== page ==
Hoskins ready to embrace Green Shift
SIMCOE REFORMER: Monte Sonnenberg - Aug 1, 2008
Dr. Eric Hoskins has no reservations about the federal Liberals' Green Shift environmental program and looks forward to selling it to local voters.
"It's a bold visionary plan," said Hoskins, who will carry the Liberal banner in Haldimand-Norfolk in the next federal election. "It's the right one for Canadians right now. Climate change is real and the world is working on ways to put a price on carbon. I strongly support it."
If elected with a majority, the federal Liberals intend to impose carbon taxes worth $15 billion on the largest generators of greenhouse gases. This will be matched by a $15 billion reduction in income taxes. The Green Shift will lower federal taxes on families and individuals while polluting industries could ease their burden through clean technology and reduced emissions.
Liberal leader Stephane Dion is banking Liberal hopes on the Green Shift agenda. Some Liberal candidates have expressed reservations about the strategy but Hoskins isn't one of them. Hoskins is confident he can explain the plan's complexities quickly and easily to any voter who wants to learn more.
"It's taxing the polluters," he said yesterday. "It's taxing bad behaviour. The lion's share is going to come from the 700 industries in Canada that are the worst polluters. And the auditor general will be required to ensure that the plan is truly revenue neutral."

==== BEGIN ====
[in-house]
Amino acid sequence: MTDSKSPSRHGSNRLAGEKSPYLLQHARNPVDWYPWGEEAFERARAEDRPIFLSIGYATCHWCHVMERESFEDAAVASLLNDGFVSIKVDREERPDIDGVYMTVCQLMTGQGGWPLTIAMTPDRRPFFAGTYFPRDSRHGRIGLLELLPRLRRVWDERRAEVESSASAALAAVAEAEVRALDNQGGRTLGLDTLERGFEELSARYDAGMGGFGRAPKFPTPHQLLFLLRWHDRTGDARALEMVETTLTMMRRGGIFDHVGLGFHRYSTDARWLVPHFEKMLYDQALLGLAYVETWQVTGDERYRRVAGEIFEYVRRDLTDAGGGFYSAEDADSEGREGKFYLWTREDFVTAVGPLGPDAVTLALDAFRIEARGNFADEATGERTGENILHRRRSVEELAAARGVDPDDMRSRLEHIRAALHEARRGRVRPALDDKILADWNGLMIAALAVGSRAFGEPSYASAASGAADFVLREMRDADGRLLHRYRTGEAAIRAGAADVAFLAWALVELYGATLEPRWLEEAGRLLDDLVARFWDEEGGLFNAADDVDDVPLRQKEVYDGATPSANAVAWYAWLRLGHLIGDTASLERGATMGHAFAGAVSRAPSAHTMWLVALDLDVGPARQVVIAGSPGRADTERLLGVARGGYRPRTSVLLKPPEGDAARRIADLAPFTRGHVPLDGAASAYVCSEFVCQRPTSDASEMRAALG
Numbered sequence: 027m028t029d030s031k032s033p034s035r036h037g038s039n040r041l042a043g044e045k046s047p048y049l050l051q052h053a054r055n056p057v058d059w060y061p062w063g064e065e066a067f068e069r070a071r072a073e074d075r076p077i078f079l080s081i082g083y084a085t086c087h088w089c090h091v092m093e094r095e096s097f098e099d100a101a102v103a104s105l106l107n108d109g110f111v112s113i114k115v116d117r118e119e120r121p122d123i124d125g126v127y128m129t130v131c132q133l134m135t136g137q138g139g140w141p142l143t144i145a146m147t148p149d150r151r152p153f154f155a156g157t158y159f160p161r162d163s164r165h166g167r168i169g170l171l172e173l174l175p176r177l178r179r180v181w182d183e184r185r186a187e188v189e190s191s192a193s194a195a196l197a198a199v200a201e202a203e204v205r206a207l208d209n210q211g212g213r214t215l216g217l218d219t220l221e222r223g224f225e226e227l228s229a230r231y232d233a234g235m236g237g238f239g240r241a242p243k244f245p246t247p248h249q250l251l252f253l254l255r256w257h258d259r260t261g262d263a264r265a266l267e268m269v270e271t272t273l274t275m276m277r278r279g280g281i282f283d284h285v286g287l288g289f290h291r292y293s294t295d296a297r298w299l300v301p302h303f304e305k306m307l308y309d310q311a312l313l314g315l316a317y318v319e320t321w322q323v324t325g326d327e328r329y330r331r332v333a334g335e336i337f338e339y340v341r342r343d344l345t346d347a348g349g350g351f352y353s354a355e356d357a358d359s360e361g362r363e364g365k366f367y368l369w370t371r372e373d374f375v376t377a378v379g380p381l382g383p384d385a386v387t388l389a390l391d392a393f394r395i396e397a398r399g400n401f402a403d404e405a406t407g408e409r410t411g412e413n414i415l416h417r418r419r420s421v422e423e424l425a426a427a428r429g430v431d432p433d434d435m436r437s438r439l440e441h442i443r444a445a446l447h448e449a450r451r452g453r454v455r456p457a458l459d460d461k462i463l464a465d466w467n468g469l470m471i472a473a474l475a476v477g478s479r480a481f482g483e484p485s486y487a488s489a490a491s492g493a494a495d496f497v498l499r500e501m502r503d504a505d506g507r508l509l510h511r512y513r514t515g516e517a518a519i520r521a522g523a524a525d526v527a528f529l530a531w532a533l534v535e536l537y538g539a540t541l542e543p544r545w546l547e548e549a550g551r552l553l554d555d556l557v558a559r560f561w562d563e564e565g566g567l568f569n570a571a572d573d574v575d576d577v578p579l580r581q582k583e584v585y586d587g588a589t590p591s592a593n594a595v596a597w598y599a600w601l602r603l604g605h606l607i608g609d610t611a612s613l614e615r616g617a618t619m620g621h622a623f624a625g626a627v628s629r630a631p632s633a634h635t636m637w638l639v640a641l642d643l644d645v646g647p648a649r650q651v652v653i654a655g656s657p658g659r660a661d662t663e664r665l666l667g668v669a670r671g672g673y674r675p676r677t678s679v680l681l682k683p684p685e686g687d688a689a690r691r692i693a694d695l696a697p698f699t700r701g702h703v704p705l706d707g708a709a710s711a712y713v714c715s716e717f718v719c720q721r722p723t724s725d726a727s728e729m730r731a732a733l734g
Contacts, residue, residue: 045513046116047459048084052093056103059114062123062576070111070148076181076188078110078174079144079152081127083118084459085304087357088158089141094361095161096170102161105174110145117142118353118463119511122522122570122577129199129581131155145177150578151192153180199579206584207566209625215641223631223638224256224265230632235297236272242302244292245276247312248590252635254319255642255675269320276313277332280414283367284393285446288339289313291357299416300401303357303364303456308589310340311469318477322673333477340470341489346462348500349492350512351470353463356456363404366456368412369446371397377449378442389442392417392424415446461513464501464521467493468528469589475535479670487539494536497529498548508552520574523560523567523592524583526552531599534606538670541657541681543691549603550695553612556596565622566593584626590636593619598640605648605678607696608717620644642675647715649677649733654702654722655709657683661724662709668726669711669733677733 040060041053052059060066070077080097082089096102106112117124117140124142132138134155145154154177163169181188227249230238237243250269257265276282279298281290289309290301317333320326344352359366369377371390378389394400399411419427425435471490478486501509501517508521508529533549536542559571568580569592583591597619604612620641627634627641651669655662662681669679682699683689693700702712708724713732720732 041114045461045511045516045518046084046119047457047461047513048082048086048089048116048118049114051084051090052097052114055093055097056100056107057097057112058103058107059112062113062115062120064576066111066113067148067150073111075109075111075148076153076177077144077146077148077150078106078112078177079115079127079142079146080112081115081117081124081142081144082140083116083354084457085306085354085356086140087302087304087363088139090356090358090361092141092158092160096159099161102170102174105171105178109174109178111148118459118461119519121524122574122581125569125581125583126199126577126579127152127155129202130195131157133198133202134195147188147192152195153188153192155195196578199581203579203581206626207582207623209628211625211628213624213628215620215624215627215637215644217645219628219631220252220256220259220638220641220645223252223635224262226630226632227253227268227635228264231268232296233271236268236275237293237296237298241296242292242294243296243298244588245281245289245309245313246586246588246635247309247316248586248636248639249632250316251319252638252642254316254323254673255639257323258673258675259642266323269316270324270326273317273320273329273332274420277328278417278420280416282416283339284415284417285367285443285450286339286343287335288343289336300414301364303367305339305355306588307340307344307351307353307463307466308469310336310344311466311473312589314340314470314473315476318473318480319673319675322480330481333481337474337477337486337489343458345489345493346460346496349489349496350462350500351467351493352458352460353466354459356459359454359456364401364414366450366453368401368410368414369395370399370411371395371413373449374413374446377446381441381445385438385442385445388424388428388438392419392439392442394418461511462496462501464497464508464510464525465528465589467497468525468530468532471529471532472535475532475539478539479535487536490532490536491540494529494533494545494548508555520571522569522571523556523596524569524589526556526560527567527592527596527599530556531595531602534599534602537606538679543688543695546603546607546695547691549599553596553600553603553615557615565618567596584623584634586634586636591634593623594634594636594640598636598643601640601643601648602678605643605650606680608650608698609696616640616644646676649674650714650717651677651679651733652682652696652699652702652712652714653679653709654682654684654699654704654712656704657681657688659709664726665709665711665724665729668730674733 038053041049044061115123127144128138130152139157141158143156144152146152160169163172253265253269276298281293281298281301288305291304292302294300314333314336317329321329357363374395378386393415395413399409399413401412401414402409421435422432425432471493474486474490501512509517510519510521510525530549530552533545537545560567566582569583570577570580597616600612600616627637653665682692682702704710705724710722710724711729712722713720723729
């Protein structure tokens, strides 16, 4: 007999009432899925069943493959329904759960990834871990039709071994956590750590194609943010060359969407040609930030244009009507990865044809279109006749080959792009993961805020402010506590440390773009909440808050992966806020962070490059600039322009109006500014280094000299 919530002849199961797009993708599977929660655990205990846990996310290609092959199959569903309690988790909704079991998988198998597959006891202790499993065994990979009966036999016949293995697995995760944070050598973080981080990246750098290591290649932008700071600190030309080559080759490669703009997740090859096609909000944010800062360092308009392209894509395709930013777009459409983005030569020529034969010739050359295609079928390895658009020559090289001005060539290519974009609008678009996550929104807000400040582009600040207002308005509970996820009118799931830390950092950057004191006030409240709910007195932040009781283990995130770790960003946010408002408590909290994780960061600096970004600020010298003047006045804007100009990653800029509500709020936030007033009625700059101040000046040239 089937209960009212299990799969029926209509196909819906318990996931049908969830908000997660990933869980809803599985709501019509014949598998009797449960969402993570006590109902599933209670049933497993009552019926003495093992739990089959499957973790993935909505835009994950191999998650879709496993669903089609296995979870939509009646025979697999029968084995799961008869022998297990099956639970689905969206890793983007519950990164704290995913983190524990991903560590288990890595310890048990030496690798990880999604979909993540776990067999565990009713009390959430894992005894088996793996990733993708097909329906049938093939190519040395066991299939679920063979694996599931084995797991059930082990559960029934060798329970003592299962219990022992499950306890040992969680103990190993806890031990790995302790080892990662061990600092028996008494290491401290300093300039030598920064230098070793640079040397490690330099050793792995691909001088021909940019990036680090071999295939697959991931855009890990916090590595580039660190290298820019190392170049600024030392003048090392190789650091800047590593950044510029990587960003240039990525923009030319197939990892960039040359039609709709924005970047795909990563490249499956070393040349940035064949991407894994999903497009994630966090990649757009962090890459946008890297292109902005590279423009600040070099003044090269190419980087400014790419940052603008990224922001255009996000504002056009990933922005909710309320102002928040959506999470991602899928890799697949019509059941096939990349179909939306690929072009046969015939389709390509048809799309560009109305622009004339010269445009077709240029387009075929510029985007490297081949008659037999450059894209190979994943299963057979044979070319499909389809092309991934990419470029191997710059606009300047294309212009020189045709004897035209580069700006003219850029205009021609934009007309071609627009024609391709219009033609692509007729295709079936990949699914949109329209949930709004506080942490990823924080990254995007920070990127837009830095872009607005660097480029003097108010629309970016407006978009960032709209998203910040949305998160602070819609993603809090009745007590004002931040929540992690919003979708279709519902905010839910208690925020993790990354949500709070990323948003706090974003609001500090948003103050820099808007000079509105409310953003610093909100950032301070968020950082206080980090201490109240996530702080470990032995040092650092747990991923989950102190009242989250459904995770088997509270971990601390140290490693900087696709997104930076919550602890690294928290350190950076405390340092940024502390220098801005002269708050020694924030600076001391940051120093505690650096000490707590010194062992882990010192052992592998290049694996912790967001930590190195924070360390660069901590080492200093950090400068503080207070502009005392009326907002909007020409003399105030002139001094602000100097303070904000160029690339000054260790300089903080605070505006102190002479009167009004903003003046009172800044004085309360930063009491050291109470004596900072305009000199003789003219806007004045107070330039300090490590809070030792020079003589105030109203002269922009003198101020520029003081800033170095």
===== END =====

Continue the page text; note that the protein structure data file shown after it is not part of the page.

Hoskins played host yesterday to a visit from Nova Scotia MP Scott Brison, the Liberals' critic for industry, science and technology. The pair huddled with a who's who of the local Liberal establishment at the Little River Inn in Simcoe before touring local industries and fielding questions from reporters.
Unlike his Liberal colleagues at Queen's Park, Brison thinks Canada can continue to enjoy the benefits of low-cost electricity from coal while continuing to improve the environment.
Brison feels Canada and the rest of the world is in a race against time because China, Russia, India and Brazil are gambling their economic future on coal technologies that promise to aggravate the problem of global warming.
In response to a question on the proposed closure of the Nanticoke Generating Station in Haldimand, Brison said it is in Canada's best interests to research, develop and market clean coal technologies before dirty factories and power plants around the world proliferate out of control.
"Around the world coal energy is going to be with us for a long time," Brison said. "We have to move in this direction. I'd like to make Canada the best place in the world to research, develop and market this technology. The world needs all forms of energy and we need to save the world while we are using them."
Brison and Hoskins fielded a host of comments and questions on issues affecting Haldimand-Norfolk. High on the list was the ongoing stalemate over native land claims in Haldimand, now into its third year. Cayuga Coun. Buck Sloat warned the pair that Ottawa must resolve this problem soon or be prepared to watch this part of Ontario sink into economic despair.